The scheme could work as is, believes Shuchin Bajaj, Founder Director of Cygnus Medicare chain of hospitals. But, he says, only if the volumes are high enough. However, after empanelling six Cygnus hospitals with the Haryana government’s Ayushman Bharat scheme, he remains disappointed. “The prices for a model like ours is not a problem, our consultants are on a fixed salary. We have unwritten rule to not stop patient for any reason. We do not deny treatment. In Ayushman Bharat, we will be getting something instead of getting nothing,” he said. His problem is that in Haryana, only 150 out of 430 packages funded by the government under Ayushman Bharat are open to private hospitals. These are only tertiary care procedures, especially cardiac procedures. The rest are assigned to government hospitals only. “The person still has to queue and it is still free, which was happening anyway. We were hoping the volumes will increase but they are not increasing,” he added.
Further, Bajaj is still unsure whether the payments will come through in a month as promised. After all, in other government schemes like the Employee’s State Insurance scheme which is managed by the Ministry of Labour, payments can take up to two years. As a result of this uncertainty, hospitals such as Glocal Healthcare Systems, Vaatsalya Hospitals, and Paras Hospitals which run on a lean model are all observing the execution of the scheme before empaneling.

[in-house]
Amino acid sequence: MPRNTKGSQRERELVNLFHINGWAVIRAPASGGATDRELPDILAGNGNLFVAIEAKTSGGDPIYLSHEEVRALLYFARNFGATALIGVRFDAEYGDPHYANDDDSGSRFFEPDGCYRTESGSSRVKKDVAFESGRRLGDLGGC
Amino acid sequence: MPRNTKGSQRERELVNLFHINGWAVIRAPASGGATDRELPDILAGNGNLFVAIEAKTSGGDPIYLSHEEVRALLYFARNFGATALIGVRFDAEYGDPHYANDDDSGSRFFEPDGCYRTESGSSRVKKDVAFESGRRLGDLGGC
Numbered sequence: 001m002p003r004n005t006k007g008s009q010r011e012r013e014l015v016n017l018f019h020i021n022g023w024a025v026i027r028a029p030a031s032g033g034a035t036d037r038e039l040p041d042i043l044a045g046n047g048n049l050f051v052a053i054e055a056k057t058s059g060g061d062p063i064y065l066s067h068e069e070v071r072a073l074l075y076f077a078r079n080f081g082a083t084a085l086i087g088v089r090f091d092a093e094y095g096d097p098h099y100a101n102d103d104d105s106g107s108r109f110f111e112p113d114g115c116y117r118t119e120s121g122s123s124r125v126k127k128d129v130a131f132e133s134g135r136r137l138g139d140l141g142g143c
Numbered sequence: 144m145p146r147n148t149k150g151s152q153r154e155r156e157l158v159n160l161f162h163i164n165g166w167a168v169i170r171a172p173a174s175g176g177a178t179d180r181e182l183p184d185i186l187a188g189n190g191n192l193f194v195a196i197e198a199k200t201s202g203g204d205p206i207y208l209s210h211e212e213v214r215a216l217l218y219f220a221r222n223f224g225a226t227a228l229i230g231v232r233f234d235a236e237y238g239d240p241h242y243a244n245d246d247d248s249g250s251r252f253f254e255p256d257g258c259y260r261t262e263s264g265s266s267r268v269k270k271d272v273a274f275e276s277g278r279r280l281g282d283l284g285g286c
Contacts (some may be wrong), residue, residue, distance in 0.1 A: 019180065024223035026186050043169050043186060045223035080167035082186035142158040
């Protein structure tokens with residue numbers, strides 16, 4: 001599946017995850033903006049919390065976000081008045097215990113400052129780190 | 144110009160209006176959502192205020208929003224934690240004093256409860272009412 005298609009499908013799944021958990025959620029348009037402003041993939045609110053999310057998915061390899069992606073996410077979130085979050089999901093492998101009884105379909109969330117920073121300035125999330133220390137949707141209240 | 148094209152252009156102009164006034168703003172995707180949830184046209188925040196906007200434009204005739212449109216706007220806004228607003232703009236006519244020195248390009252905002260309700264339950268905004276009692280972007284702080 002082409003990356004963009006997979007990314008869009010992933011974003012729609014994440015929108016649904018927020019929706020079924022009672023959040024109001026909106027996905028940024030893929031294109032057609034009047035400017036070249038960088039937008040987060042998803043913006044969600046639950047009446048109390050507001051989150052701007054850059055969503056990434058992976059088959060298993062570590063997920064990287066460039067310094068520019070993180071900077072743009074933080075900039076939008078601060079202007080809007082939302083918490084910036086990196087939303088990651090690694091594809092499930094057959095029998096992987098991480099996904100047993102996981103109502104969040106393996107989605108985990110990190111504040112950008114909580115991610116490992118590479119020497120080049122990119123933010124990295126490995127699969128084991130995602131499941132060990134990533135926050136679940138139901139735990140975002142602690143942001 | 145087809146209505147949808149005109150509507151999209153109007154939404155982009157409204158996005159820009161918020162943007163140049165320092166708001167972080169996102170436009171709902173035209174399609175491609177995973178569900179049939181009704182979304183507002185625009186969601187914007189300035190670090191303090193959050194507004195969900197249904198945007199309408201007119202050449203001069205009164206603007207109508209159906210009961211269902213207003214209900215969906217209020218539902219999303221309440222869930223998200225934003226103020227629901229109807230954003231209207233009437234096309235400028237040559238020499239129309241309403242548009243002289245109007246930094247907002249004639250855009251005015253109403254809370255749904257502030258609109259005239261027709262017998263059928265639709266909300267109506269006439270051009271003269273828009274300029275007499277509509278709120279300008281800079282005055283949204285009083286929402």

A problem of plenty
Here’s the kicker though—even if states could placate hospitals and insurers, there aren’t enough hospital beds in the country to treat the masses covered under Ayushman Bharat.
Ritesh Dogra, managing partner with Medium Healthcare Consulting, who has been interacting with the Ayushman Bharat team in Delhi, has reached a conclusion. In a study that relied on government data from four states—Delhi, Telangana, Andhra Pradesh and West Bengal—and extrapolated these results to the national level, the number of private hospitals in India was estimated to be around 31,000. The total number of functional beds in these hospitals, he estimates, is 6,00,000. This is woefully inadequate when it comes to meeting the increasing demand brought on by Ayushman Bharat.